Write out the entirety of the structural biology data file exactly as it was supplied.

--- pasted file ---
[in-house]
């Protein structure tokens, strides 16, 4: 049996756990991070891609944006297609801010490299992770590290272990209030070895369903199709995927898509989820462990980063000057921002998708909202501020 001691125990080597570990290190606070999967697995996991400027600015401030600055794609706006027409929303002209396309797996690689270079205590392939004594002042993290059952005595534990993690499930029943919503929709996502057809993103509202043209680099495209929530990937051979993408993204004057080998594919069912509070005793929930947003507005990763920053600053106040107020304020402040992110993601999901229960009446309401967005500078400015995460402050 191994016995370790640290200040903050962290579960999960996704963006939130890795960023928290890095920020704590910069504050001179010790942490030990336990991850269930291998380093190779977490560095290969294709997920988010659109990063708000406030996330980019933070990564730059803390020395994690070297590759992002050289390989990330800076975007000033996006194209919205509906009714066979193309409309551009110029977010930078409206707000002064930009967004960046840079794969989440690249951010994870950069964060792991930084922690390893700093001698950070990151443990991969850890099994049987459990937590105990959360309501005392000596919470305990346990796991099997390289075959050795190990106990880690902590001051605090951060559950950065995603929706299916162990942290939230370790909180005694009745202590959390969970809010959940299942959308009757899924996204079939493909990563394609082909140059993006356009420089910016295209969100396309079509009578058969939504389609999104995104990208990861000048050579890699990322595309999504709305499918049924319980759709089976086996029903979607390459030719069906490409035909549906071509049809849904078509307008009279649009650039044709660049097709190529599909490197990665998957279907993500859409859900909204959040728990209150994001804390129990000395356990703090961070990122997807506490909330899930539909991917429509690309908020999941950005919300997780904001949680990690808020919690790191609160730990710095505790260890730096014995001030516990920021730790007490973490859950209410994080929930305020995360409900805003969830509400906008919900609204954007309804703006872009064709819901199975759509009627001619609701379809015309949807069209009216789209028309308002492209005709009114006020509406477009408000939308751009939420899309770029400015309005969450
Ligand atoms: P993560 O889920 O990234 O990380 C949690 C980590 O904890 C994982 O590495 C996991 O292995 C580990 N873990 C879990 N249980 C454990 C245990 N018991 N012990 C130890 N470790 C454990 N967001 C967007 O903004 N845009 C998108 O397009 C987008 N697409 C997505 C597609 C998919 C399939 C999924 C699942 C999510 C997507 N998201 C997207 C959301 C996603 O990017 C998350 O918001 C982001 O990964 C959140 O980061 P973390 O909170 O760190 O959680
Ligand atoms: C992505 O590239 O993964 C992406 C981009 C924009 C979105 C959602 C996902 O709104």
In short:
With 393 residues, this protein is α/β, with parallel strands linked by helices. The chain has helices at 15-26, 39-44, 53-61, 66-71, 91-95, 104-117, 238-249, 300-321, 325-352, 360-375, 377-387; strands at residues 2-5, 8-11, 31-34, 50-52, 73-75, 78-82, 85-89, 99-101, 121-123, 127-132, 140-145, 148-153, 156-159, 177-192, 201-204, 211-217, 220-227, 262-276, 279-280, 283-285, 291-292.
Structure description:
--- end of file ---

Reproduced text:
[in-house]
């Protein structure tokens, strides 16, 4: 049996756990991070891609944006297609801010490299992770590290272990209030070895369903199709995927898509989820462990980063000057921002998708909202501020 001691125990080597570990290190606070999967697995996991400027600015401030600055794609706006027409929303002209396309797996690689270079205590392939004594002042993290059952005595534990993690499930029943919503929709996502057809993103509202043209680099495209929530990937051979993408993204004057080998594919069912509070005793929930947003507005990763920053600053106040107020304020402040992110993601999901229960009446309401967005500078400015995460402050 191994016995370790640290200040903050962290579960999960996704963006939130890795960023928290890095920020704590910069504050001179010790942490030990336990991850269930291998380093190779977490560095290969294709997920988010659109990063708000406030996330980019933070990564730059803390020395994690070297590759992002050289390989990330800076975007000033996006194209919205509906009714066979193309409309551009110029977010930078409206707000002064930009967004960046840079794969989440690249951010994870950069964060792991930084922690390893700093001698950070990151443990991969850890099994049987459990937590105990959360309501005392000596919470305990346990796991099997390289075959050795190990106990880690902590001051605090951060559950950065995603929706299916162990942290939230370790909180005694009745202590959390969970809010959940299942959308009757899924996204079939493909990563394609082909140059993006356009420089910016295209969100396309079509009578058969939504389609999104995104990208990861000048050579890699990322595309999504709305499918049924319980759709089976086996029903979607390459030719069906490409035909549906071509049809849904078509307008009279649009650039044709660049097709190529599909490197990665998957279907993500859409859900909204959040728990209150994001804390129990000395356990703090961070990122997807506490909330899930539909991917429509690309908020999941950005919300997780904001949680990690808020919690790191609160730990710095505790260890730096014995001030516990920021730790007490973490859950209410994080929930305020995360409900805003969830509400906008919900609204954007309804703006872009064709819901199975759509009627001619609701379809015309949807069209009216789209028309308002492209005709009114006020509406477009408000939308751009939420899309770029400015309005969450
Ligand atoms: P993560 O889920 O990234 O990380 C949690 C980590 O904890 C994982 O590495 C996991 O292995 C580990 N873990 C879990 N249980 C454990 C245990 N018991 N012990 C130890 N470790 C454990 N967001 C967007 O903004 N845009 C998108 O397009 C987008 N697409 C997505 C597609 C998919 C399939 C999924 C699942 C999510 C997507 N998201 C997207 C959301 C996603 O990017 C998350 O918001 C982001 O990964 C959140 O980061 P973390 O909170 O760190 O959680
Ligand atoms: C992505 O590239 O993964 C992406 C981009 C924009 C979105 C959602 C996902 O709104």
In short:
With 393 residues, this protein is α/β, with parallel strands linked by helices. The chain has helices at 15-26, 39-44, 53-61, 66-71, 91-95, 104-117, 238-249, 300-321, 325-352, 360-375, 377-387; strands at residues 2-5, 8-11, 31-34, 50-52, 73-75, 78-82, 85-89, 99-101, 121-123, 127-132, 140-145, 148-153, 156-159, 177-192, 201-204, 211-217, 220-227, 262-276, 279-280, 283-285, 291-292.
Structure description: